Background: Alteration of the gut microbiota through
diet and environmental contaminants may disturb physiological
homeostasis, leading to various diseases including obesity and type 2
diabetes. Since most exposure to environmentally-persistent organic
pollutants (POPs) occurs through the diet, the host gastrointestinal
tract and commensal gut microbiota are likely to be exposed to POPs.
Objectives: We report that
2,3,7,8-tetrachlorodibenzofuran (TCDF), a persistent environmental
contaminant, profoundly impacts the gut microbiota and host metabolism
in an aryl hydrocarbon receptor (AHR)-dependent manner.
Methods: Six-week-old male wild-type and Ahr-/- mice on the C57BL/6J background were treated with 24 µg/kg TCDF in the diet for five days. 16S rRNA gene sequencing, 1H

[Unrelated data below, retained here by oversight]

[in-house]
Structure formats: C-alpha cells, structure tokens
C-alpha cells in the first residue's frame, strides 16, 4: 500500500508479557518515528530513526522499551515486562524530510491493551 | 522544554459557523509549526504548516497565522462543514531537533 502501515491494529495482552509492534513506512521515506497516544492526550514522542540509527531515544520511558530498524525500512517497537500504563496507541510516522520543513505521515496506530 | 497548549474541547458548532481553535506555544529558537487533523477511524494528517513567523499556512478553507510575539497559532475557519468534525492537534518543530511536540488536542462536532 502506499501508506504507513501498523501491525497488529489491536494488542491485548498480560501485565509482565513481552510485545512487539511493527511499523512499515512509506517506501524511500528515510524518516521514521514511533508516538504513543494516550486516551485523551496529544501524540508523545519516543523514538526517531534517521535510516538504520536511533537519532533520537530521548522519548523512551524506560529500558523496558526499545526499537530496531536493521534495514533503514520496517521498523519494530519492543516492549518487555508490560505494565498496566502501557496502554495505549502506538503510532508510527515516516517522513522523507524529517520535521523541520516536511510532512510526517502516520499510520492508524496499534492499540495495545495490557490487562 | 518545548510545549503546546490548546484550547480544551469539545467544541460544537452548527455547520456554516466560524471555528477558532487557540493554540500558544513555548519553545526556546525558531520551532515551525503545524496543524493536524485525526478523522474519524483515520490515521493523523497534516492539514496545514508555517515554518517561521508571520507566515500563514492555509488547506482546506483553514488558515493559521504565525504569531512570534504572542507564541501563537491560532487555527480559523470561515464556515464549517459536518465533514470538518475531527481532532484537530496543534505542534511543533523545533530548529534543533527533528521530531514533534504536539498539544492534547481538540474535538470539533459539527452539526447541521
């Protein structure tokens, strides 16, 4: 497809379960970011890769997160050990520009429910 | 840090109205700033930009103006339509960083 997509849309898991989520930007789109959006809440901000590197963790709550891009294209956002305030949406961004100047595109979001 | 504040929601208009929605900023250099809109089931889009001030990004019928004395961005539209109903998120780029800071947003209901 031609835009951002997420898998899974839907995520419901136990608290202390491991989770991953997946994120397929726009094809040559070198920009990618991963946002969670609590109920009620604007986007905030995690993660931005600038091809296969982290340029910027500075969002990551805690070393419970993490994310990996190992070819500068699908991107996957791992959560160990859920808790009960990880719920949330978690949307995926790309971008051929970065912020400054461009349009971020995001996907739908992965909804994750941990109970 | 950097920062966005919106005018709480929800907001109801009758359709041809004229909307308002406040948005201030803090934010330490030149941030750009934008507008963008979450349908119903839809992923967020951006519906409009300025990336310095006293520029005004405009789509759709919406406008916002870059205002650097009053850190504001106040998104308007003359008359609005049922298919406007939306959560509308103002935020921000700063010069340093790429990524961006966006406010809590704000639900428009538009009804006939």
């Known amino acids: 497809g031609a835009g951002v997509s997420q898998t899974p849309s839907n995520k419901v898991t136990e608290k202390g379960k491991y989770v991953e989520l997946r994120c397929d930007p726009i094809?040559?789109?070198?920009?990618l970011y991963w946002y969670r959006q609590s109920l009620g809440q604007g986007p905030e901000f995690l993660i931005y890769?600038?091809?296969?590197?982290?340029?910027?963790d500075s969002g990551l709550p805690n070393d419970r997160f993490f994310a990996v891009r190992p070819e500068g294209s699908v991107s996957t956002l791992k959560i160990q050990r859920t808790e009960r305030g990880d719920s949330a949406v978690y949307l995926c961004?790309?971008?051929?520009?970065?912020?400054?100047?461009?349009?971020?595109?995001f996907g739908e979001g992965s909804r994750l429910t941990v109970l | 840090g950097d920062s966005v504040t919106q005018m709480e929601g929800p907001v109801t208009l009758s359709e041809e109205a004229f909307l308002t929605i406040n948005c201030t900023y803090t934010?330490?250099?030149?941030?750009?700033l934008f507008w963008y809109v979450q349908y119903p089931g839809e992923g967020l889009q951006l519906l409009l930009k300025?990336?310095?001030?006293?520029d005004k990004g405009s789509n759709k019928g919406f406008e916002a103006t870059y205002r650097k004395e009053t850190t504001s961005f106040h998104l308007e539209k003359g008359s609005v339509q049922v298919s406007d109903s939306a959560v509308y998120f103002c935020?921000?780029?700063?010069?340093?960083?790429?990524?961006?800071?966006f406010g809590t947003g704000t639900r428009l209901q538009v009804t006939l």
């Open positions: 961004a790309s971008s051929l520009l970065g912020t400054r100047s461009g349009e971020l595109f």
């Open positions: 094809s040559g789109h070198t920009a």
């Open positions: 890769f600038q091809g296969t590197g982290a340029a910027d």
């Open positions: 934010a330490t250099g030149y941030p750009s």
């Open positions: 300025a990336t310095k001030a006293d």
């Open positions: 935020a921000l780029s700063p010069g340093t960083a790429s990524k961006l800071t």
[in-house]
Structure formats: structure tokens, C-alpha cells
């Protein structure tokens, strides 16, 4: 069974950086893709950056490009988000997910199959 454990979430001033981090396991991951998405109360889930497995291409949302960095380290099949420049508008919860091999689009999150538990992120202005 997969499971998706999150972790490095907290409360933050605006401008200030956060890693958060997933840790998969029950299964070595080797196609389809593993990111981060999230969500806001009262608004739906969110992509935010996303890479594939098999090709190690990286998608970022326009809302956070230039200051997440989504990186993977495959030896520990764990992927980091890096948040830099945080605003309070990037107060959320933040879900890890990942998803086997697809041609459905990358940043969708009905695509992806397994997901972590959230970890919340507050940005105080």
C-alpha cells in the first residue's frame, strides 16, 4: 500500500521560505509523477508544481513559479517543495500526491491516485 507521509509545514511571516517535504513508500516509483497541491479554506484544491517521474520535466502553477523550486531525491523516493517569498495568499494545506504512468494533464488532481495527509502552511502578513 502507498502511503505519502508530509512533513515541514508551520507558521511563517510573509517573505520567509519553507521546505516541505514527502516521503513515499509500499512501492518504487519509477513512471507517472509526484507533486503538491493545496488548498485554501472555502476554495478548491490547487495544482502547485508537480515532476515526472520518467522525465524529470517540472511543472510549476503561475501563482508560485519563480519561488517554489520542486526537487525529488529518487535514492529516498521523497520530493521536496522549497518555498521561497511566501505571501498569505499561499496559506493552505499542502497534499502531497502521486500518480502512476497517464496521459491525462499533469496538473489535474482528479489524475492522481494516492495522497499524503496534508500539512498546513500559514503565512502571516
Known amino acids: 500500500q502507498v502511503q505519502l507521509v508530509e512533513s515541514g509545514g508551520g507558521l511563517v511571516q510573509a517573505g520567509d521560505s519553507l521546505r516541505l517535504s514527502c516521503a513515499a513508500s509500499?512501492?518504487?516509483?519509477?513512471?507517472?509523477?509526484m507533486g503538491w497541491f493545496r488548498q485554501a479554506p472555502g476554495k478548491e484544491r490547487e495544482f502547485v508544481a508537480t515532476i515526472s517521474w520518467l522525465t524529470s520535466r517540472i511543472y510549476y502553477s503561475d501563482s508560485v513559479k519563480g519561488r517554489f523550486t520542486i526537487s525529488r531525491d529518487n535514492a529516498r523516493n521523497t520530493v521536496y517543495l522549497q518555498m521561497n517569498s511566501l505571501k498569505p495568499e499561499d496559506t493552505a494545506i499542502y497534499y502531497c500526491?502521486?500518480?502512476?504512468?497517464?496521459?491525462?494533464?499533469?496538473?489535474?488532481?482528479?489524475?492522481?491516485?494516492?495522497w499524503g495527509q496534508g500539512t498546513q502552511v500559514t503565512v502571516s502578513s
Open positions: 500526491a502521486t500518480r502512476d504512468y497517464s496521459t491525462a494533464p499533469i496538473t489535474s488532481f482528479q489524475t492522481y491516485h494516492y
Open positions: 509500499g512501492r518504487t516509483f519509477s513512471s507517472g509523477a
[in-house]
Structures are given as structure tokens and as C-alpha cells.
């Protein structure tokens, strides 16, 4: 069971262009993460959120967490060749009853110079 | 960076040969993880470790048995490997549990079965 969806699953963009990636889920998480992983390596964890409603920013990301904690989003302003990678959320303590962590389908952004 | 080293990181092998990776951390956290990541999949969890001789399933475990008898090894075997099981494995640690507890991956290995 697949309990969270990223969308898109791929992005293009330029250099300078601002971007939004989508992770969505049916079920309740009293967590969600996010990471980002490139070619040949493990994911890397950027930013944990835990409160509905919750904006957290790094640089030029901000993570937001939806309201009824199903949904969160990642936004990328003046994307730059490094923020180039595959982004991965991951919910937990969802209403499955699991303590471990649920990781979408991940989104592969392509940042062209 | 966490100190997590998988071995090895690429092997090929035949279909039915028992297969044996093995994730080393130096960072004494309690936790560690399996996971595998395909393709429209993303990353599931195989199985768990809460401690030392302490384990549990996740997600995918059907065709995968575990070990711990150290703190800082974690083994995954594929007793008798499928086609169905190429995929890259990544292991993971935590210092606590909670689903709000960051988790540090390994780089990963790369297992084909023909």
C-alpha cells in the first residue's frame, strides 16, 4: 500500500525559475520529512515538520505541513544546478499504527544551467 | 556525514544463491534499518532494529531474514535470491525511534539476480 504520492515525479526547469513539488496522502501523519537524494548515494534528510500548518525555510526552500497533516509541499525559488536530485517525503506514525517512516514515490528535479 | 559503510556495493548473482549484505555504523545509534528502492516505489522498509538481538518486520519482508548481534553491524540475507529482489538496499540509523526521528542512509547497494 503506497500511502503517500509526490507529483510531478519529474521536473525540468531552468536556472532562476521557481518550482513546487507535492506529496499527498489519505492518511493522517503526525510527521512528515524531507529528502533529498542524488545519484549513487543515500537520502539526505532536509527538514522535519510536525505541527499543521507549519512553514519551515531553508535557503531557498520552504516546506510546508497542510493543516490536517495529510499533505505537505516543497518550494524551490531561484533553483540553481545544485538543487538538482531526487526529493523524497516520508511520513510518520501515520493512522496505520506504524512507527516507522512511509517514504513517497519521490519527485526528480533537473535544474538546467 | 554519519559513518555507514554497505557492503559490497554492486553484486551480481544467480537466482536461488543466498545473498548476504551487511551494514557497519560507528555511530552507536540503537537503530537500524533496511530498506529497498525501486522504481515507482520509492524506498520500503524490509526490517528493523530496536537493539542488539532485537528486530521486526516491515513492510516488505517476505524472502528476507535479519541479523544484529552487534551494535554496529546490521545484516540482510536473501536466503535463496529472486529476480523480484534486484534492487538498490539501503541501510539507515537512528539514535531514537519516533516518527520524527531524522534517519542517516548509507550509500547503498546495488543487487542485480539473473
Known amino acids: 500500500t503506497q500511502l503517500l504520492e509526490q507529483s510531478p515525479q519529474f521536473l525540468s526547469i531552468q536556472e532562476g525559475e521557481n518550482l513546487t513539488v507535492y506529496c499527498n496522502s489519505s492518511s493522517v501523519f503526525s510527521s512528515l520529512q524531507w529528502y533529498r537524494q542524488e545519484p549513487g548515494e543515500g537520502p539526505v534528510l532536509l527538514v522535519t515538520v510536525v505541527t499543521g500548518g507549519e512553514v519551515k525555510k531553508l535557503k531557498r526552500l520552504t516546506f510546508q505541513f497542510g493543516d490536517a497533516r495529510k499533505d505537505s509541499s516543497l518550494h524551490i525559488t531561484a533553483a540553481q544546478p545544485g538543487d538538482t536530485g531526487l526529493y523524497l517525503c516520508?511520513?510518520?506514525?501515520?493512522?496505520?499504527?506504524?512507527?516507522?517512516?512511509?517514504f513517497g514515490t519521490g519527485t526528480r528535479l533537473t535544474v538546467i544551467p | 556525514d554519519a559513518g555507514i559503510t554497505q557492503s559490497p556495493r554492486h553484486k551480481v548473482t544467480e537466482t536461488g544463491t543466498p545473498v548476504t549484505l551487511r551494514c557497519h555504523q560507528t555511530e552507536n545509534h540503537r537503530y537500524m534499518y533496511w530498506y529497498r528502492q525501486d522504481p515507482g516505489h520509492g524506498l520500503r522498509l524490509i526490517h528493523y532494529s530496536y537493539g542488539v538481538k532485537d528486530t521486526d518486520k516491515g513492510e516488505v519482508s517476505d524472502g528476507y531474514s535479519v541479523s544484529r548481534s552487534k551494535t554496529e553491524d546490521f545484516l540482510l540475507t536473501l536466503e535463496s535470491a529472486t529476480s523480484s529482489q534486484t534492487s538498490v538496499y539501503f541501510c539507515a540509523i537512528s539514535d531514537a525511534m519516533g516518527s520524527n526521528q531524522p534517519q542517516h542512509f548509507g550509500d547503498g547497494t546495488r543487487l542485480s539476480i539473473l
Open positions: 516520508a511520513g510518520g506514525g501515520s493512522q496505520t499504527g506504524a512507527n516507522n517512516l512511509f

nuclear magnetic resonance (NMR) metabolomics, targeted
ultra-performance liquid chromatography coupled with triplequadrupole
mass spectrometry (UPLC-TQMS) and biochemical assays were used to
determine the microbiota compositions and the physiological and
metabolic effects of TCDF.
Results: Dietary TCDF altered the gut microbiota by
shifting the ratio of Firmicutes to Bacteroidetes. TCDF-treated mouse
cecal contents were enriched with Butyrivibrio spp., but depleted in
Oscillobacter spp. in comparison with vehicle-treated mice. These
changes in the gut microbiota were associated with altered bile acid
metabolism. Further, dietary TCDF inhibited the farnesoid X receptor
(FXR) signaling pathway, and triggered significant inflammation and host
metabolic disorders as a result of activation of bacterial
fermentation, and altering hepatic lipogenesis, gluconeogenesis and
glycogenolysis, in an AHR-dependent manner.
Conclusion: These findings provide new insights into
the biochemical consequences of TCDF exposure involving the alteration
of the gut microbiota, modulation of nuclear receptor signaling, and
disruption of host metabolism.